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A Tighter, Tougher Mandate! Getting a Grip on Inflation

Andrew Bailey, Governor, The Bank of England

Inflation should neither be blamed on fuel or other price hikes, nor indeed on politicians. It is, explains John Greenwood, determined by the Bank of England, which over two years allowed broad money to grow far too rapidly. As the new parliamentary year opens, tightening the Chancellor’s mandate to the Bank must be a priority, with proper sanctions put in place, including sacking the Governor, if the rules on money growth are, as they have been, excessively violated.

The surge in inflation has been a disaster for Tory hopes of re-election in 2024. It has been a devastating torpedo launched at the some of the party’s most cherished goals: ensuring growth of middle England’s incomes in real terms, keeping tax rates low, and promoting the competitiveness of British industry.

Although inflation is central to the party’s – and especially the prime minister’s – agenda, it is also something that ministers have very little ability to control. True, they can sometimes influence the price of energy through Ofgem’s price cap and energy guarantee scheme or bring pressure to bear on supermarkets to manage food prices downwards, but at the end of the day these are relative prices, not items that can long affect the overall level of prices.

Fundamentally, overall inflation is determined in Threadneedle Street, while Downing Street or Whitehall at best has limited ability to influence a few individual prices. Even if politicians are successful, for example in holding down the price of fuel, that means consumers and businesses now have more funds available to spend on other things; the overall level of inflation will be unaffected. Squeezing the balloon in one area simply diverts the pressure to other areas.

In view of these iron laws of the transmission of monetary policy and prices, the Tory party urgently needs to review the details of the mandate given to the Bank of England by the Chancellor, and the accountability of the Governor and his team for the outcomes. For if the party loses the general election due to be held in 2024, it will in no small part be due to Bailey’s inflation generated in 2020-21.

Currently the mandate specifies the 2 per cent CPI inflation goal but gives no guidance on how that target is to be reached. In my view the mandate allows far too much discretion to the MPC. On accountability, in the event of an overshoot or undershoot of the 2 per cent target by more than 1 per cent there is a requirement that the Governor writes to the Chancellor to explain what has happened, and the Chancellor normally writes back accepting the Governor’s explanation. These exchanges have become so bland and innocuous as to be meaningless – and certainly no sanction on MPC actions in future.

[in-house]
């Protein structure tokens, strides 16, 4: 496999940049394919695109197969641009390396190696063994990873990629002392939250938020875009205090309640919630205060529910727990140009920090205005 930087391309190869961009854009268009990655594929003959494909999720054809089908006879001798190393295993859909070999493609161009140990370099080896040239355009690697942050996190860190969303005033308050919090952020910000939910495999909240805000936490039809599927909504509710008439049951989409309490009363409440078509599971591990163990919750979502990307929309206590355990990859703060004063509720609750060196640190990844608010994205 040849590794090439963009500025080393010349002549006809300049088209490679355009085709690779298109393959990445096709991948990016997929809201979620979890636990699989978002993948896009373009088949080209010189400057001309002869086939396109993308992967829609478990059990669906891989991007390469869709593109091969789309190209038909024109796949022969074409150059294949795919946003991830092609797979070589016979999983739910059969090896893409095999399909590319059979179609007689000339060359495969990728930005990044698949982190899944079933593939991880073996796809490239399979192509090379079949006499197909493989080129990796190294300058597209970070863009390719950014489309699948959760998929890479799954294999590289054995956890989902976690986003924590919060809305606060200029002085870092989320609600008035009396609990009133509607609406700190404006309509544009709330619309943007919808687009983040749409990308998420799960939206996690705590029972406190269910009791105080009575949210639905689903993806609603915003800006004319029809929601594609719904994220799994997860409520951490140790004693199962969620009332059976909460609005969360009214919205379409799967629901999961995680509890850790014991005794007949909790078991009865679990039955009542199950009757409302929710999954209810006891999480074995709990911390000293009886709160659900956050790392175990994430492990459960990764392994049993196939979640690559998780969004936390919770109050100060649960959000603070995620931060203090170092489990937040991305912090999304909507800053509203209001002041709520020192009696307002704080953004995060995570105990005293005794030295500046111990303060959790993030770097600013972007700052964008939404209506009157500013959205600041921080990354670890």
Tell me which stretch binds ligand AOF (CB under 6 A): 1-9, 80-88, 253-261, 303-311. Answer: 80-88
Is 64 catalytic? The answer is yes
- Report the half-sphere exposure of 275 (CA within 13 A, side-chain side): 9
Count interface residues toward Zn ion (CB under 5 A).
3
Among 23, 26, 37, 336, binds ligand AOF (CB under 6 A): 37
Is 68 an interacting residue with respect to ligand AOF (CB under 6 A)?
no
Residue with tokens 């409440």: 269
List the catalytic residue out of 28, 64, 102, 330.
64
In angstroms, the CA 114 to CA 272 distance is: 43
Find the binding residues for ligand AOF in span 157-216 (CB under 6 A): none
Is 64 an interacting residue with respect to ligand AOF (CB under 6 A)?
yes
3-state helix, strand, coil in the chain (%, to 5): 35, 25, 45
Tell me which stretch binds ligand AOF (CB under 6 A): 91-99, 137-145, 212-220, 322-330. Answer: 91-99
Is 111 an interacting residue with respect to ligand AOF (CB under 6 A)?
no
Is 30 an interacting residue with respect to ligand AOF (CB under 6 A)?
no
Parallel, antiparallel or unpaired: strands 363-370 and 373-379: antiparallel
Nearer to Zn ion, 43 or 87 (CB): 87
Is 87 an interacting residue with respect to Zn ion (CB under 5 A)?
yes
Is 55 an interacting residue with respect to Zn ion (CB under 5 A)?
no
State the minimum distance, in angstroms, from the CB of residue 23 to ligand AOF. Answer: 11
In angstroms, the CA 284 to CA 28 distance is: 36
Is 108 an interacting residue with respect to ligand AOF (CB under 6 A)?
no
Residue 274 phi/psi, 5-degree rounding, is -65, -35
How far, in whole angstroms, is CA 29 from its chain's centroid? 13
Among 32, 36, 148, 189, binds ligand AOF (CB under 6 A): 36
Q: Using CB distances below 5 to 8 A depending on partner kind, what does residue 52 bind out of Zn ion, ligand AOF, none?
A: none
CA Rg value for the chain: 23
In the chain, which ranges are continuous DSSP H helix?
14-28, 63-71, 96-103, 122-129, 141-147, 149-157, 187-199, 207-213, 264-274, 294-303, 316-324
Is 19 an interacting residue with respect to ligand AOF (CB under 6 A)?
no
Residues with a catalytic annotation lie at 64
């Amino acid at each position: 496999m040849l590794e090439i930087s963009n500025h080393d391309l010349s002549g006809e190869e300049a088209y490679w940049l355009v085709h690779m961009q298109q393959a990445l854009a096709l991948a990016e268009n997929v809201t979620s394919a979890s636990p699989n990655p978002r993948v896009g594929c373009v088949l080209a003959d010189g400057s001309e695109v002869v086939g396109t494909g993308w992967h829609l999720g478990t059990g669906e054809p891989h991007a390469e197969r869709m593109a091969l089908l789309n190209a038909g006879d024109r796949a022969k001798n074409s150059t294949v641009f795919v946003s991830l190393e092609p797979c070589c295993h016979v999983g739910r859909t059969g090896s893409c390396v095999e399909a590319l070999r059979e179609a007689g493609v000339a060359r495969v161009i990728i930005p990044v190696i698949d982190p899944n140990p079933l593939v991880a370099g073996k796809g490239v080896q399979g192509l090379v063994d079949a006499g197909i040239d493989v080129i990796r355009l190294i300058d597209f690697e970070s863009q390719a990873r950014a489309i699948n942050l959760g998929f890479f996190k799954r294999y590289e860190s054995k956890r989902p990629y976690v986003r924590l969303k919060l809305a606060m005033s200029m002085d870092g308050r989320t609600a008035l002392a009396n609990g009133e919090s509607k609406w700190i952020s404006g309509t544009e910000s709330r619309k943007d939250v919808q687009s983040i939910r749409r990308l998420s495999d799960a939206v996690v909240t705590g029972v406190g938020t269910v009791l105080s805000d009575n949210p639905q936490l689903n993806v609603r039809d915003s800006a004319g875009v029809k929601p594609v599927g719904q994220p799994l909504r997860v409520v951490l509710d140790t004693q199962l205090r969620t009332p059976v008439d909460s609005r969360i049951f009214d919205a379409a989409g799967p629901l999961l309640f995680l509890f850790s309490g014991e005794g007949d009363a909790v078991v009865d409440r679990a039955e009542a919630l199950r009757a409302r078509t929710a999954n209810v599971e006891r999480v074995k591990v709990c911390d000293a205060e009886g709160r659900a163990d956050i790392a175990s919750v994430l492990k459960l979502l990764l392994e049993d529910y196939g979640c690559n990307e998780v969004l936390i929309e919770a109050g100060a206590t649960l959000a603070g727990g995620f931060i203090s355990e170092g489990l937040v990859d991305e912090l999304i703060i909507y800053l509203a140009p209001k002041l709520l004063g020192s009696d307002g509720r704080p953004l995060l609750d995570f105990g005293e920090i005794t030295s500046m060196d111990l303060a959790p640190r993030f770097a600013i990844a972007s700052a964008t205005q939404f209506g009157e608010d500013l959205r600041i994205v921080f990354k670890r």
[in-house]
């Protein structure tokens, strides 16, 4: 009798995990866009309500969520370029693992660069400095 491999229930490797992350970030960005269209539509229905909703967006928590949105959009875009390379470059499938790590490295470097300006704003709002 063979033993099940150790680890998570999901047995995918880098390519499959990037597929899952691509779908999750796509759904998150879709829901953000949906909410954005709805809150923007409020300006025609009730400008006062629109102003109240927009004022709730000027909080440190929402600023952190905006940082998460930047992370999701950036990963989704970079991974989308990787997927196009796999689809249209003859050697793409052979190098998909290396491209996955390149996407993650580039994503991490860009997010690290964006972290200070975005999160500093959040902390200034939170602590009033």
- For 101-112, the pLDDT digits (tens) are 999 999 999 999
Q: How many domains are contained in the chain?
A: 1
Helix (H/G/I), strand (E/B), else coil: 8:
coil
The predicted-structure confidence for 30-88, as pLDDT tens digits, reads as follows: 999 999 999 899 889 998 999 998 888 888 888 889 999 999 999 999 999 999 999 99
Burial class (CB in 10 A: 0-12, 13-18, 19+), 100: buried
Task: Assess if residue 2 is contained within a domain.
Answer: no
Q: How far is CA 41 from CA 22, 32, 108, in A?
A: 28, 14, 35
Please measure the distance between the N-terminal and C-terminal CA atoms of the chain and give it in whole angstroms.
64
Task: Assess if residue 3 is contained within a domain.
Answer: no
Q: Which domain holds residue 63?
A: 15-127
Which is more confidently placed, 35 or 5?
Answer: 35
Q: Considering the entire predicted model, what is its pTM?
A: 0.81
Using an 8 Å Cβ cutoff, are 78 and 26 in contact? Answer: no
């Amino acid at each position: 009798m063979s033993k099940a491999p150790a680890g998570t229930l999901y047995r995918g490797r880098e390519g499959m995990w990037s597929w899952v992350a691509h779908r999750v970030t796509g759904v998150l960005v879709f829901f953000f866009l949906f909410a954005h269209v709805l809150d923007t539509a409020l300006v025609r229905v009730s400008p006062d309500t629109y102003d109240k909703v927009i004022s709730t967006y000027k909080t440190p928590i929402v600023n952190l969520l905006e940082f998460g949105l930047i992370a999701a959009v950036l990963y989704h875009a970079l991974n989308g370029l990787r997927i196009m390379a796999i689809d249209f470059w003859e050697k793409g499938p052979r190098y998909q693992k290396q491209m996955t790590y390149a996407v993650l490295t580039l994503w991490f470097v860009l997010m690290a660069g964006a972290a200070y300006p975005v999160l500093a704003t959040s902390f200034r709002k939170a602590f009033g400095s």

The target of 2 per cent CPI inflation remains the correct objective, but MPs need to be sure the Bank will not make fundamental errors in future. The main error in 2020-21 was to allow broad money (M4x) to grow far too rapidly. Using quarterly data, M4x peaked in the fourth quarter of 2020 at 13.9 per cent year-on-year and averaged 10.1 per cent year-on-year during the two years 2020 Q1 to 2022. The peak rate was close to three times what is appropriate for ensuring 2 per cent inflation. Keeping M4x growth at around 5 per cent p.a. would have entirely avoided the Covid-era inflation.

Moreover, a total failure to acknowledge that money growth played any role at all in creating inflation led Bank staff to fail completely to forecast the inflation (hence all the excuses about exogenous shocks and supply chain problems), and it also led the Bank’s MPC to extend QE asset purchases far beyond any reasonable sell-by date. In the summer of 2021, even after inflation had surged, they extended QE until the end of the year.

Why did the Bank make such catastrophic errors? Basically, because they were focusing on interest rates or on their newly-introduced but nebulous “Monetary and Financial Conditions Index” (MFCI), a statistical construct that the Deputy Governor for Monetary Policy (Ben Broadbent) had brought with him from Goldman Sachs.  Search in the Bank’s quarterly Inflation Report, now rebranded Monetary Policy Report, and you must go back to August 2018 to find any single mention of the quantity of money!

The mandate should therefore be re-drawn (1) to ensure that the Bank does not allow either excess money growth (or inadequate money growth — the mistake that MPC members are currently making) to recur, (2) to ensure that the exchange of letters between the Governor and the Chancellor concentrates on the causes of the underlying price increases and is not limited as at present to a tame description of the recent changes in the components of the CPI, and (3) to impose meaningful sanctions such as dismissal from office if sustained violations of the guardrails in (1) continue for more than a specified period.

Every episode of inflation in postwar Britain has been preceded by rapid money growth. Every slowdown of inflation has been the result of slower money growth. “Inflation is always and everywhere a monetary phenomenon,” as Milton Friedman famously taught us. Yet we have allowed the present generation of central bankers to ignore these fundamental lessons. It is time to bring some order back to the classroom, but it may be too late to affect the Tory party’s hopes of re-election.

John Greenwood

John Greenwood is the founder and Chief Economist of International Monetary Monitor Ltd, and was  Chief Economist at Invesco, based in London, from 1999 to 2021. A pioneer of monetary research in Asia, he was the publisher, editor and lead author of Asian Monetary Monitor, a bi-monthly publication which operated from Hong Kong between 1977 and 1996.

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